Family Weight Teasing, LGBTQ Attitudes, and Well-being among LGBTQ Adolescents

Marla E. Eisenberg, Rebecca Puhl, Ryan J. Watson

    Research output: Contribution to journalArticlepeer-review

    3 Scopus citations

    Abstract

    This study explored weight-based victimization by family members, accepting lesbian, gay, bisexual, transgender, and queer/questioning (LGBTQ) attitudes, and family connectedness, and how these experiences are associated with health, self-esteem, and depressive symptoms among LGBTQ adolescents. Data came from the LGBTQ National Teen Survey (N = 9261, mean age = 15.6 years). The 3 key variables were significantly associated with poorer self-rated health, self-esteem, and depressive symptoms. For example, weight-based victimization was associated with approximately 2 more points on the depressive symptoms scale (β = 1.81, P <.001), adjusting for covariates. Findings highlight the negative impact of weight-based victimization among LGBTQ youth, even in the context of other types of family support.

    Original languageEnglish (US)
    Pages (from-to)17-25
    Number of pages9
    JournalFamily and Community Health
    Volume43
    Issue number1
    DOIs
    StatePublished - Nov 26 2019

    Bibliographical note

    Funding Information:
    Author Affiliations: Department of Pediatrics, University of Minnesota, Minneapolis (Dr Eisenberg); Department of Human Development and Family Sciences, University of Connecticut, Storrs (Drs Puhl and Watson); and Rudd Center for Food Policy and Obesity, University of Connecticut, Hartford (Dr Puhl). This research uses data from the LGBTQ Teen Study, designed by Ryan J. Watson and Rebecca M. Puhl in collaboration with the Human Rights Campaign, and supported by the Office for Vice President of Research at the University of Connecticut. Dr Watson also acknowledges support from the National Institutes of Drug Abuse grant K01DA047918. The authors acknowledge the intensive efforts of Ellen Kahn, Gabe Murchison, and Liam Miranda in their support, conceptualization, and management related to the LGBTQ Teen Study. The authors declare no conflicts of interest. Correspondence: Marla E. Eisenberg, ScD, MPH, 717 Delaware St SE, Minneapolis, MN 55414 (eisen012@umn.edu). Copyright © 2020 Wolters Kluwer Health, Inc. All rights reserved. DOI: 10.1097/FCH.0000000000000239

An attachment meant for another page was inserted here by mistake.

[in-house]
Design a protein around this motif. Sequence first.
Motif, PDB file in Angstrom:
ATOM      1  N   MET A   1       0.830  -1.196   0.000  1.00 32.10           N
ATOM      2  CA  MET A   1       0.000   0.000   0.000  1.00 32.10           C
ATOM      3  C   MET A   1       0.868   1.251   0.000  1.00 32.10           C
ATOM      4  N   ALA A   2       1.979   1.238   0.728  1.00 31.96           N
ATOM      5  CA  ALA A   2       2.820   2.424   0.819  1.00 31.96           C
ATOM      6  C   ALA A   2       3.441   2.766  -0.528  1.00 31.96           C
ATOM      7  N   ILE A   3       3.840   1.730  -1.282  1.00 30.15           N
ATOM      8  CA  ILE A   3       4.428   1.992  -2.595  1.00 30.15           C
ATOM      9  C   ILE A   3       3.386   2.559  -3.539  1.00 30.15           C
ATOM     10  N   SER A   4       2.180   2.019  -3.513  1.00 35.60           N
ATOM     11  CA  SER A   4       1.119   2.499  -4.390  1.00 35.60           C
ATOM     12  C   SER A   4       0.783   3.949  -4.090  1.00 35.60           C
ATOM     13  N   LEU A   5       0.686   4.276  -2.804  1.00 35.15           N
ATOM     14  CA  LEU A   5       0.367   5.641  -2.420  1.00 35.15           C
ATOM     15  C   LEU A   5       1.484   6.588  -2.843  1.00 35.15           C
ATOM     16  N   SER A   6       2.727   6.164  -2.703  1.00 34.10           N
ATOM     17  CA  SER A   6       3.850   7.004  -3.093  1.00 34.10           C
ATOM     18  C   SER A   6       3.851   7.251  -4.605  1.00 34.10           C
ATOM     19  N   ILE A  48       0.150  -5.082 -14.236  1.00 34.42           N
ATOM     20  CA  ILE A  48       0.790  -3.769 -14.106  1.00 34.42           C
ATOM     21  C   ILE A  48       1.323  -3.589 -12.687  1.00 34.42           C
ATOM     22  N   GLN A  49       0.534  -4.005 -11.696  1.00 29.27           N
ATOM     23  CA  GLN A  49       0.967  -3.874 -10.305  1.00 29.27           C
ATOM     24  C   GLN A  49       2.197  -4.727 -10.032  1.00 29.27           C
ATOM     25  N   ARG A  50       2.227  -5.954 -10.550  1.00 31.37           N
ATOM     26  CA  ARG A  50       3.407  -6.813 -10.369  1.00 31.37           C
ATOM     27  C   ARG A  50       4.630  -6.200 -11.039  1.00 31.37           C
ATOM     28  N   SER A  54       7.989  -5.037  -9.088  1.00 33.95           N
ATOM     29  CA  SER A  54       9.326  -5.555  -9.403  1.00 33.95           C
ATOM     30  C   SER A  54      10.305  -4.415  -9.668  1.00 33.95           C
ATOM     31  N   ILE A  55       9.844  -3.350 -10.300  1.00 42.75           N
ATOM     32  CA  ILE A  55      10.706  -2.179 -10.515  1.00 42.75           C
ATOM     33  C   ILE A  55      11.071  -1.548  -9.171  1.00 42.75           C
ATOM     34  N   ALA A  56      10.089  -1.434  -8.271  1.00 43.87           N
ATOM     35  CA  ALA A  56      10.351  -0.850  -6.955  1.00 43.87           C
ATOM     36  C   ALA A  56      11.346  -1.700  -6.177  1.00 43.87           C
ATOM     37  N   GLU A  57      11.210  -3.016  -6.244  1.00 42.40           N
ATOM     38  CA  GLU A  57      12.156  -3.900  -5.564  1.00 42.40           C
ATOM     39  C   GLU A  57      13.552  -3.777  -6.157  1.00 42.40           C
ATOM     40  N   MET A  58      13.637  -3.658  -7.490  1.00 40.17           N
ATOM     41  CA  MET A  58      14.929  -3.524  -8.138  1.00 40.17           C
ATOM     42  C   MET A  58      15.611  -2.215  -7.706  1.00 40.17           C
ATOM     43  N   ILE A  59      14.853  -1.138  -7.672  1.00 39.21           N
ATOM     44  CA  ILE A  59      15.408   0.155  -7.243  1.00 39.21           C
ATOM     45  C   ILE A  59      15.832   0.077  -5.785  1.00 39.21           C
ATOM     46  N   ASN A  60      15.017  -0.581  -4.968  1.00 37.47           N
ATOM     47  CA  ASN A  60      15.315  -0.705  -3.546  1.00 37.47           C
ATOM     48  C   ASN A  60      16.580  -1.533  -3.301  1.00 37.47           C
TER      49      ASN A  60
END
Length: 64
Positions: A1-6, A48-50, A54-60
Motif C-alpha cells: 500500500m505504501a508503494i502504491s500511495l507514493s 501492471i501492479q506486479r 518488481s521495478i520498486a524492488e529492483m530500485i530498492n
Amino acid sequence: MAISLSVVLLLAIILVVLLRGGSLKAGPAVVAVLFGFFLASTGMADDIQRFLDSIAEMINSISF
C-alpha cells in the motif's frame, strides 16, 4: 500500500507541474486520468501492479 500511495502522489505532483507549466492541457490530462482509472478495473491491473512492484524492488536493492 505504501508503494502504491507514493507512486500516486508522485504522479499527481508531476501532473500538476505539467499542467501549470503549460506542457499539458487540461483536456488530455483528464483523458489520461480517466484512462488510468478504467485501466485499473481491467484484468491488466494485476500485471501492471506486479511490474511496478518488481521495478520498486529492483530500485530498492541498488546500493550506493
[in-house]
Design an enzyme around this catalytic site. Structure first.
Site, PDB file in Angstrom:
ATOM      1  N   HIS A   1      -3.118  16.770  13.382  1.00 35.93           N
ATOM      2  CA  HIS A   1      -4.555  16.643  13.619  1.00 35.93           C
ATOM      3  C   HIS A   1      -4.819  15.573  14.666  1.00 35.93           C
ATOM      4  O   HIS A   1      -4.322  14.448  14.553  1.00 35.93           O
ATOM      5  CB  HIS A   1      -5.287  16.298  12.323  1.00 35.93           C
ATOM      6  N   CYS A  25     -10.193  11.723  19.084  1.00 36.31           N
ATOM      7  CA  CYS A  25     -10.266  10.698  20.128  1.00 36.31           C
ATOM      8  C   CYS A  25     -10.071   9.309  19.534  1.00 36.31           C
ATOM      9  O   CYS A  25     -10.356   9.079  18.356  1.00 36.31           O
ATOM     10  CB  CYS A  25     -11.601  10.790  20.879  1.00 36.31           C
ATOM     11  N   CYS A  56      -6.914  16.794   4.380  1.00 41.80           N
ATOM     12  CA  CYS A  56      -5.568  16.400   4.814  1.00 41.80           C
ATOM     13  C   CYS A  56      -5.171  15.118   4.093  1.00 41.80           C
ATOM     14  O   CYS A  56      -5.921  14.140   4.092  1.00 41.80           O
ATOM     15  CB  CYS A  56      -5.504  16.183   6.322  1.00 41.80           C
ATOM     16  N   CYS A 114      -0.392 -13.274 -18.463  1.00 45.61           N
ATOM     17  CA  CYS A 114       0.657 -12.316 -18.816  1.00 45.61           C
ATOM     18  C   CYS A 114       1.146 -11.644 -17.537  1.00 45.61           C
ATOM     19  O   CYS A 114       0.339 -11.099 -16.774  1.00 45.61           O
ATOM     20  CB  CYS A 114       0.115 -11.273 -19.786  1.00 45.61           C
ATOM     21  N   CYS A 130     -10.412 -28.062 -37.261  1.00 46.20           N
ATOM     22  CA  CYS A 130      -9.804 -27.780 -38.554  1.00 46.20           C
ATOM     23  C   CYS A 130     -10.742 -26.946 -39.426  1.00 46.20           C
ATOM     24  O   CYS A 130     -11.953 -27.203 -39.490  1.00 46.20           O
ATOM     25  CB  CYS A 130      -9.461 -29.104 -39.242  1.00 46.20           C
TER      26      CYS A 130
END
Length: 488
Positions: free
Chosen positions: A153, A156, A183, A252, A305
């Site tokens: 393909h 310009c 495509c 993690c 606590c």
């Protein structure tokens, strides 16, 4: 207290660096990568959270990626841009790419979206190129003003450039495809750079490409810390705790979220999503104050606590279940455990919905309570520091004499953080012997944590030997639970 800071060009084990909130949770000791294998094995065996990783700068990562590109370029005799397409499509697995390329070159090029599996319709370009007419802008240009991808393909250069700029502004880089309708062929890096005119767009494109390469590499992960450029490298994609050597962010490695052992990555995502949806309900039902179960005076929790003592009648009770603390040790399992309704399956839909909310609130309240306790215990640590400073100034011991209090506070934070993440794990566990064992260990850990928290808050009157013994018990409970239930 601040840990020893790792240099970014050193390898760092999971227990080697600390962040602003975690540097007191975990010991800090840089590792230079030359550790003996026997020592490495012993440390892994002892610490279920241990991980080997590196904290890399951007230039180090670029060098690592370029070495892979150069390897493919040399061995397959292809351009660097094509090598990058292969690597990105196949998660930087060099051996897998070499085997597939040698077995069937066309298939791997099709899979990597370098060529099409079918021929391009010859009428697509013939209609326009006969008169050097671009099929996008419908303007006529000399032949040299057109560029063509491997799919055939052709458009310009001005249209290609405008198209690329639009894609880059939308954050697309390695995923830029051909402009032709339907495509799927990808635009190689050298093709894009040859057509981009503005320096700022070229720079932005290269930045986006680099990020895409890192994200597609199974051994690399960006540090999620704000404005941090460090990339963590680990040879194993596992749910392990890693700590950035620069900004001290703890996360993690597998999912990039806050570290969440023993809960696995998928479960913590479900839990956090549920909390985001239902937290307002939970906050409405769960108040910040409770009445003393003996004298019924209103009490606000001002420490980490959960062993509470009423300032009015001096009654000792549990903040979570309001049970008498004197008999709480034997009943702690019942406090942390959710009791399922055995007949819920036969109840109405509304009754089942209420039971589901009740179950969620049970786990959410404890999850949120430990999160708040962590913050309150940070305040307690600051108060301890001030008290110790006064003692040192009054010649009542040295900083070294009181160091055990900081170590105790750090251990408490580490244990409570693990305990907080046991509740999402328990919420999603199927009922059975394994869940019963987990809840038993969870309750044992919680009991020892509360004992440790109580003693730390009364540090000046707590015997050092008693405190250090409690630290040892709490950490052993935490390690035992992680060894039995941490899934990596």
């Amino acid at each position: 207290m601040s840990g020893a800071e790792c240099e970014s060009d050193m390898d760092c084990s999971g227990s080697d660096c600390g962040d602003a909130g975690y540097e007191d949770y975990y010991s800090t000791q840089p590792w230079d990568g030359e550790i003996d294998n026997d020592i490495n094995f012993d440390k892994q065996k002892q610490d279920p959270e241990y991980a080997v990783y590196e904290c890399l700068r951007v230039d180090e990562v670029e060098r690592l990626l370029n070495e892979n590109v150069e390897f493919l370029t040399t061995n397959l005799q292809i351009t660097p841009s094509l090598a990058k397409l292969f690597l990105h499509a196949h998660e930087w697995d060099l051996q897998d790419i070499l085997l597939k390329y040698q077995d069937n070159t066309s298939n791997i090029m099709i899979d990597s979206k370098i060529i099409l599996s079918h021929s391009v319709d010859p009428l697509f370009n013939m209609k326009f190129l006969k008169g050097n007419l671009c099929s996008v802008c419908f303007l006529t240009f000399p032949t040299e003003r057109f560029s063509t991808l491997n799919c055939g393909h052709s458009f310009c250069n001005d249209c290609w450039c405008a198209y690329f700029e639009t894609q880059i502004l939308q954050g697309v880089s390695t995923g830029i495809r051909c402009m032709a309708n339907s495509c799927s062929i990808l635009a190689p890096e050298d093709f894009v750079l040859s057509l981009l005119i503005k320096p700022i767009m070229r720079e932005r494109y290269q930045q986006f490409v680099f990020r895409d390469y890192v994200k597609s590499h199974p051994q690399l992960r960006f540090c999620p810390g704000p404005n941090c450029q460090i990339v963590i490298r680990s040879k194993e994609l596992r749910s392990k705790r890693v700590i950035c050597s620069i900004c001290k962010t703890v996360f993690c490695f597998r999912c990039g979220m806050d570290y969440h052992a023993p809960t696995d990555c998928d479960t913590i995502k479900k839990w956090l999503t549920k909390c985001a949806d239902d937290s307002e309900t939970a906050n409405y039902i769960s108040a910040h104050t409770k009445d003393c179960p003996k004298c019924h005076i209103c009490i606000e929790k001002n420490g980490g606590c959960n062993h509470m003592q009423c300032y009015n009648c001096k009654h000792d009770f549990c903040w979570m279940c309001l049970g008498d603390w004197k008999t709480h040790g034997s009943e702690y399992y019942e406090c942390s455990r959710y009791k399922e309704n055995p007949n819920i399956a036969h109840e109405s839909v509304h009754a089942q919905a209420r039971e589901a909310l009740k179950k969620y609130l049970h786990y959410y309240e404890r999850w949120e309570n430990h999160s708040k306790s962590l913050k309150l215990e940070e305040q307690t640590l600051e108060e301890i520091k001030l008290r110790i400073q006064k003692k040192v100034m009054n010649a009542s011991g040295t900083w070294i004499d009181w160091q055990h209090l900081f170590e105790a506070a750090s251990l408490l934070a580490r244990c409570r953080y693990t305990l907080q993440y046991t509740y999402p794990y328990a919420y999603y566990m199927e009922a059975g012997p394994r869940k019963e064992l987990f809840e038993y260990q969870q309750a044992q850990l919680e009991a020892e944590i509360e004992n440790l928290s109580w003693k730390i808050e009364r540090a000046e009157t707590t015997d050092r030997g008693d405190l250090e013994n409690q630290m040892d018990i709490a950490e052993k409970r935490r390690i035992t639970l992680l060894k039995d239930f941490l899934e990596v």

Publisher Copyright:
    © 2020 Lippincott Williams and Wilkins. All rights reserved.

    Keywords

    • adolescents
    • depression
    • gender identity
    • sexual orientation
    • victimization

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